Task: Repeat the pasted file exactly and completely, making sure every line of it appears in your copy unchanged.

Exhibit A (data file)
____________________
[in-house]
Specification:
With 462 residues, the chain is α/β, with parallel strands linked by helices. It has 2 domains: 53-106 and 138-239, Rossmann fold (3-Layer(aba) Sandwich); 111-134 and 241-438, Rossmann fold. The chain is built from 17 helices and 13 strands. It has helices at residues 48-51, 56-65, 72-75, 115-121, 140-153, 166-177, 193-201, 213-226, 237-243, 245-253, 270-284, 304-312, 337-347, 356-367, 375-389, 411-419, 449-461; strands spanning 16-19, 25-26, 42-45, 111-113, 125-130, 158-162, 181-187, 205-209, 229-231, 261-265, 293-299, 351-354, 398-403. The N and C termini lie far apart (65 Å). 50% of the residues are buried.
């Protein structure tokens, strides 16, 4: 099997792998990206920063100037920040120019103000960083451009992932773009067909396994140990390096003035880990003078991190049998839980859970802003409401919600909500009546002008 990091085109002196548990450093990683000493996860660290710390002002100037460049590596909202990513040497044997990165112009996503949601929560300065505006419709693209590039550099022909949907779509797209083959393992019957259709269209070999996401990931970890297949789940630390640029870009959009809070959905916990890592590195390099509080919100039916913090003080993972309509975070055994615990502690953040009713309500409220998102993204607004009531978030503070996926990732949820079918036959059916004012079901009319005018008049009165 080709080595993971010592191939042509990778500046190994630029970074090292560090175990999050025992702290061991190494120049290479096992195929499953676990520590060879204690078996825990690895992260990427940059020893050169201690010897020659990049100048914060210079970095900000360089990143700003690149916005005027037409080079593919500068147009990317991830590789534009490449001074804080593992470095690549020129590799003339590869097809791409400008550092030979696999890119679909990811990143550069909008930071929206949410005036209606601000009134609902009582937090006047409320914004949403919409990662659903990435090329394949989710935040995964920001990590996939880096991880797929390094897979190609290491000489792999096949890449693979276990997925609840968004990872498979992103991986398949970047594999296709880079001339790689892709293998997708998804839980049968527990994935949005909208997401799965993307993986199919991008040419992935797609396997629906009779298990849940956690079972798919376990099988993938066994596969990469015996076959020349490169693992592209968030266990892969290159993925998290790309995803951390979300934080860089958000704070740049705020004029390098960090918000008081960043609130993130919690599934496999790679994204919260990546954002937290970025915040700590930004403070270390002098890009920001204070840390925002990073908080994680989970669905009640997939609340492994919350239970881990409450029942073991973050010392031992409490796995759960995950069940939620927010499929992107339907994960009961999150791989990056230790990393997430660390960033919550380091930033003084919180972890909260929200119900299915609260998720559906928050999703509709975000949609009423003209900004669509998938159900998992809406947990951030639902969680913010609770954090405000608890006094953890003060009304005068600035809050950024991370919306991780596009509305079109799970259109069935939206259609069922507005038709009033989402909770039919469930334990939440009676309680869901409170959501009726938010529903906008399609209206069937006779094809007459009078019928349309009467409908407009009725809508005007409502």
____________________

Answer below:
[in-house]
Specification:
With 462 residues, the chain is α/β, with parallel strands linked by helices. It has 2 domains: 53-106 and 138-239, Rossmann fold (3-Layer(aba) Sandwich); 111-134 and 241-438, Rossmann fold. The chain is built from 17 helices and 13 strands. It has helices at residues 48-51, 56-65, 72-75, 115-121, 140-153, 166-177, 193-201, 213-226, 237-243, 245-253, 270-284, 304-312, 337-347, 356-367, 375-389, 411-419, 449-461; strands spanning 16-19, 25-26, 42-45, 111-113, 125-130, 158-162, 181-187, 205-209, 229-231, 261-265, 293-299, 351-354, 398-403. The N and C termini lie far apart (65 Å). 50% of the residues are buried.
């Protein structure tokens, strides 16, 4: 099997792998990206920063100037920040120019103000960083451009992932773009067909396994140990390096003035880990003078991190049998839980859970802003409401919600909500009546002008 990091085109002196548990450093990683000493996860660290710390002002100037460049590596909202990513040497044997990165112009996503949601929560300065505006419709693209590039550099022909949907779509797209083959393992019957259709269209070999996401990931970890297949789940630390640029870009959009809070959905916990890592590195390099509080919100039916913090003080993972309509975070055994615990502690953040009713309500409220998102993204607004009531978030503070996926990732949820079918036959059916004012079901009319005018008049009165 080709080595993971010592191939042509990778500046190994630029970074090292560090175990999050025992702290061991190494120049290479096992195929499953676990520590060879204690078996825990690895992260990427940059020893050169201690010897020659990049100048914060210079970095900000360089990143700003690149916005005027037409080079593919500068147009990317991830590789534009490449001074804080593992470095690549020129590799003339590869097809791409400008550092030979696999890119679909990811990143550069909008930071929206949410005036209606601000009134609902009582937090006047409320914004949403919409990662659903990435090329394949989710935040995964920001990590996939880096991880797929390094897979190609290491000489792999096949890449693979276990997925609840968004990872498979992103991986398949970047594999296709880079001339790689892709293998997708998804839980049968527990994935949005909208997401799965993307993986199919991008040419992935797609396997629906009779298990849940956690079972798919376990099988993938066994596969990469015996076959020349490169693992592209968030266990892969290159993925998290790309995803951390979300934080860089958000704070740049705020004029390098960090918000008081960043609130993130919690599934496999790679994204919260990546954002937290970025915040700590930004403070270390002098890009920001204070840390925002990073908080994680989970669905009640997939609340492994919350239970881990409450029942073991973050010392031992409490796995759960995950069940939620927010499929992107339907994960009961999150791989990056230790990393997430660390960033919550380091930033003084919180972890909260929200119900299915609260998720559906928050999703509709975000949609009423003209900004669509998938159900998992809406947990951030639902969680913010609770954090405000608890006094953890003060009304005068600035809050950024991370919306991780596009509305079109799970259109069935939206259609069922507005038709009033989402909770039919469930334990939440009676309680869901409170959501009726938010529903906008399609209206069937006779094809007459009078019928349309009467409908407009009725809508005007409502």